▶️ completion of the I2C servo operation
▶️ VAC (Voice Activated Commands) for more autonomous response
▶️ simple AI NLP for generalized communication
▶️ ESA AstroPi SenseHat for environment detection

The descriptions below show the most recent developments first.


robot 3 / replaced Steppers with Servos

  • control: PCA9685 16 Channel 12-Bit PWM Servo Motor Driver
  • servos: (4) Servo Motor, PN: MG995
  • speaker: USB Bluetooth Speaker Insiq PN: 4326595940 🔹 (upgrades BT3500SLV)
  • servos: (2) Hitec subMicro Servo motor, PN: HS55 🔹 (upgrades HS300)
  • grippers: (2) Actobotics subMicro Gripper Kit, PN: 637104 🔹 (upgrades “A” Grippers)

The SketchUp 3D drawing required only new Flange & Gripper drawings. All the other components were accessible online.
robot_3_ISO


  • steppers: (4) Stepper Motor 28BYJ48 🔸 (later removed)

  • control: (4) ULN2003 Driver Board 🔸 (later removed)

The Steppers were compact, but required too many GPIO leads for a RPI 40 pin J8 form factor. Some website discussions implied that the RPI timing is not reliable enough for many I2C protocol calls.
robot_3_steppers


robot 2 / added camera, grippers

  • camera: RPi Camera v2.1 with 8 Megapixel & 1080p resolution, PN: 2.1
  • speaker: GearHead Bluetooth Speaker, PN: BT3500SLV
  • microphone: USB mini microphone, PN: MI-305
  • light: 10 mm color LED
  • battery: TPLink PowerBank 10400 mAh, PN: TP-PB10400 🔹 (upgrades 4 AA batteries)
  • grippers: (2) Actobotics Horizontal Gripper Kit “A”, PN: 637094
  • servos: (2) HiTec Servo motor, PN: HS300, with C24T or H25T spline

The Grippers and Speaker worked, but proved to be clunky.

robot_2

The LibreCad 2D CAD representation with BOM.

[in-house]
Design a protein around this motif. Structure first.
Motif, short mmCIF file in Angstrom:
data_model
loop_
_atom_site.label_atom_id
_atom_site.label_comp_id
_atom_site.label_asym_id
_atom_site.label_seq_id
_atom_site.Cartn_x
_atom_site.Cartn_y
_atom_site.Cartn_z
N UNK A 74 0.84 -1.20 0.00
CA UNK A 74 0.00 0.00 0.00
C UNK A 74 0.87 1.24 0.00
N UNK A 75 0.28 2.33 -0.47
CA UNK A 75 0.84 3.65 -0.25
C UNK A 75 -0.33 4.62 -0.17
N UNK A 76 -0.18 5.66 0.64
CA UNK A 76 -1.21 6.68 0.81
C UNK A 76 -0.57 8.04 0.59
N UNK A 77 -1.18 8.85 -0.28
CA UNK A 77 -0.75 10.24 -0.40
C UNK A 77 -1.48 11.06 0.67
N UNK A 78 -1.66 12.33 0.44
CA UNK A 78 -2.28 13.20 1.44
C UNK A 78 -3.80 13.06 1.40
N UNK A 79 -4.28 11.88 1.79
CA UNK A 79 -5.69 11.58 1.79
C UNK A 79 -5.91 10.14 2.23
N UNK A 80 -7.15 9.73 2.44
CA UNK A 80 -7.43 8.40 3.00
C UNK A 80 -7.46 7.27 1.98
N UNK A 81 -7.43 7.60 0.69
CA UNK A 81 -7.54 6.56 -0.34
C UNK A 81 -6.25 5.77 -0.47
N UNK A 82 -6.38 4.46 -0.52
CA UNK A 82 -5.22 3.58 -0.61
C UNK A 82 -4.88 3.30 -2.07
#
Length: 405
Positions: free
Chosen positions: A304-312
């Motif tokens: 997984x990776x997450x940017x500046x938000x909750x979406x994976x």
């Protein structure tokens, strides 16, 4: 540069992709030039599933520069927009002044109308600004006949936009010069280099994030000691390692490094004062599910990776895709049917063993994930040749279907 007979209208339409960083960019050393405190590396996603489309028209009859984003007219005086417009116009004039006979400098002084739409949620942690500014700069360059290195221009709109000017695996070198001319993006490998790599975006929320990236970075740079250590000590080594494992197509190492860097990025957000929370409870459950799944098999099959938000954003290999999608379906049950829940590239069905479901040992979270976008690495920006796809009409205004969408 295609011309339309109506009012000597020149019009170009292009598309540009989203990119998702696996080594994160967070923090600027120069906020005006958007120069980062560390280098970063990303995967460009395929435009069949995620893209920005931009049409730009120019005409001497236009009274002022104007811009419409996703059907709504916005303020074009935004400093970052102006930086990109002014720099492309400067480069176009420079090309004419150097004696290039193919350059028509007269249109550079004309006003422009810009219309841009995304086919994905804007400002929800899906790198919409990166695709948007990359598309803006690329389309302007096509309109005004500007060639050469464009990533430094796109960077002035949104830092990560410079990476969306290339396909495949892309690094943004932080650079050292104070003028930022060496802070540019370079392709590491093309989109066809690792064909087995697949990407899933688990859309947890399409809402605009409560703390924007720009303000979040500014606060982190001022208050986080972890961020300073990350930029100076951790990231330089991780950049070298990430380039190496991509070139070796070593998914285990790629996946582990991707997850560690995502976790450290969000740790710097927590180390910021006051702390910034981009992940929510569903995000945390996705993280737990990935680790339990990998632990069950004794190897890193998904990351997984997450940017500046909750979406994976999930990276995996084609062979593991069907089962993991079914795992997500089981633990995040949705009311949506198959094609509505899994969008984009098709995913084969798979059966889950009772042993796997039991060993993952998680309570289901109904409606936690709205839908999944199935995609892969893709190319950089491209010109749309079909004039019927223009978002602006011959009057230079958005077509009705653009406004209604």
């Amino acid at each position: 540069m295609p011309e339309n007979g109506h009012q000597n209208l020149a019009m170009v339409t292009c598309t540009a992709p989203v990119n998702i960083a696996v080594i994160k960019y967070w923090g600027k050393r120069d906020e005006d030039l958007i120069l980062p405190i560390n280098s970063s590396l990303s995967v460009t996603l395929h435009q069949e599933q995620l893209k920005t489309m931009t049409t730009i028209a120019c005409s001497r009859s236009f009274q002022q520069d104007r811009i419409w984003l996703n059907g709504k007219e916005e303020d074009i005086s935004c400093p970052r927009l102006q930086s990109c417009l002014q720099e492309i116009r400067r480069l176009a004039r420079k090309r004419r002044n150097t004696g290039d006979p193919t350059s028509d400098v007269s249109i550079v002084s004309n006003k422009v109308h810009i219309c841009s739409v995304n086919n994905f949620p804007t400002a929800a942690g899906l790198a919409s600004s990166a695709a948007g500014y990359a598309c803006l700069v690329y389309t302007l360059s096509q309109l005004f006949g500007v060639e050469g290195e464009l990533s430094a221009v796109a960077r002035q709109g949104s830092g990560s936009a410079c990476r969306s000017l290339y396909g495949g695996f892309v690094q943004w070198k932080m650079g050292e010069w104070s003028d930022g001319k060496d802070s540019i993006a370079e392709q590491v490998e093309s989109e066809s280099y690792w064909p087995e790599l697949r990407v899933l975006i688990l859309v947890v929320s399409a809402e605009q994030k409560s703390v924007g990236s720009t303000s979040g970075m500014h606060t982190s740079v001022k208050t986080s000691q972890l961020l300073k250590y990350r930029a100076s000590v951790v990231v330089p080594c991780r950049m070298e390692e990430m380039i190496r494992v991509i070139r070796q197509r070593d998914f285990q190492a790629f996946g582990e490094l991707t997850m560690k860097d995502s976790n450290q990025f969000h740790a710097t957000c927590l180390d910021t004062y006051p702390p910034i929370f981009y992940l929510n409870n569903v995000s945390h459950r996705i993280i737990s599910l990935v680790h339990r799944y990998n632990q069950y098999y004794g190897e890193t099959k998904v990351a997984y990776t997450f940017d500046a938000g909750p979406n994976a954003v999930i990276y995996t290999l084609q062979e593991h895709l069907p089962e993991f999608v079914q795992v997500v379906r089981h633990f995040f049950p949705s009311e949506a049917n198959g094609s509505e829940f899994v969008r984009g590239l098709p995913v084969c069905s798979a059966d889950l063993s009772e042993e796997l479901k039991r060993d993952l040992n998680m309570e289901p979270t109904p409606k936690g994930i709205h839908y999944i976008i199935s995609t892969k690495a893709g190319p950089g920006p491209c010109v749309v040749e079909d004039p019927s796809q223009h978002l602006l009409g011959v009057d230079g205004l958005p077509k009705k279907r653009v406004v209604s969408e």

robot_2_CAD


robot 1 / travel control via SmartPhone

  • computer: RPi0WF 1.1 SOC with BCM2835 cpu
  • control: L293D Controller DriveShield
  • gearbox: Tamiya Double Motorized Gearbox, PN: 70168 with (2) F130 DC Motors
  • chassis: Tamiya Tracked Vehicle Chassis, PN: 70108-1500
  • battery: TPLink PowerBank 5200 mAh, PN: TP-PB5200 (for RPi)
  • battery: (4) AA batteries in case (for motors)

The RPi operates the L293D thru GPIO ports using Python PWM code signaled by a NodeJS server.

robot_1

software

raspberrypi

os base: Raspbian, Bash, Putty, WinSCP, GitHub…
python

control: Python & IDLE for DC motor PWM control
node

server: NodeJS, Express (JavaScript, HTML, CSS) for view
sketchup

drawing: LibreCad 2D CAD, Sketchup 3D

The L293D Controller pinout diagram.

L293D_Controller


xtra

github image viewer
stackoverflow github html discussion

HTML5 text folding
CSS&JS folding

markdown guide
collapsible markdown

Download Details:

Author: mamgeorge
Download Link: Download The Source Code
Official Website: https://github.com/mamgeorge/raspberryPi

#node #raspberry-pi #python #bash

Raspberry Pi - Samples for Robotics, Node, Python, and Bash

Process JSON in Bash with Jq on The Command Line

The JSON (JavaScript Object Notation) format is widely used to represent data structures and is frequently used to exchange data between different layers of an application. We probably know how to interact with JSON-formatted data with the most used programming languages such as parsing JSON with python, but what if we need to interact with it from the command line, or in a bash script?

In this tutorial, we will see how we can accomplish such a task by using the jq utility and we will learn its basic usage.
Each data value has a text string called a “name” or “key.”. Together, they’re known as name: value pairs, or key: value pairs. A colon (:) separates a key from its value.

An “object” is a collection of key: value pairs. In a JSON file, an object begins with an open curly brace ({) and ends with a closing brace (}). JSON also supports “arrays,” which are ordered lists of values. An array begins with an opening bracket ([) and ends with a closing one (]).

Watch Complete Video for Full Understanding

#json #bash #linux

Process JSON in Bash with Jq on The Command Line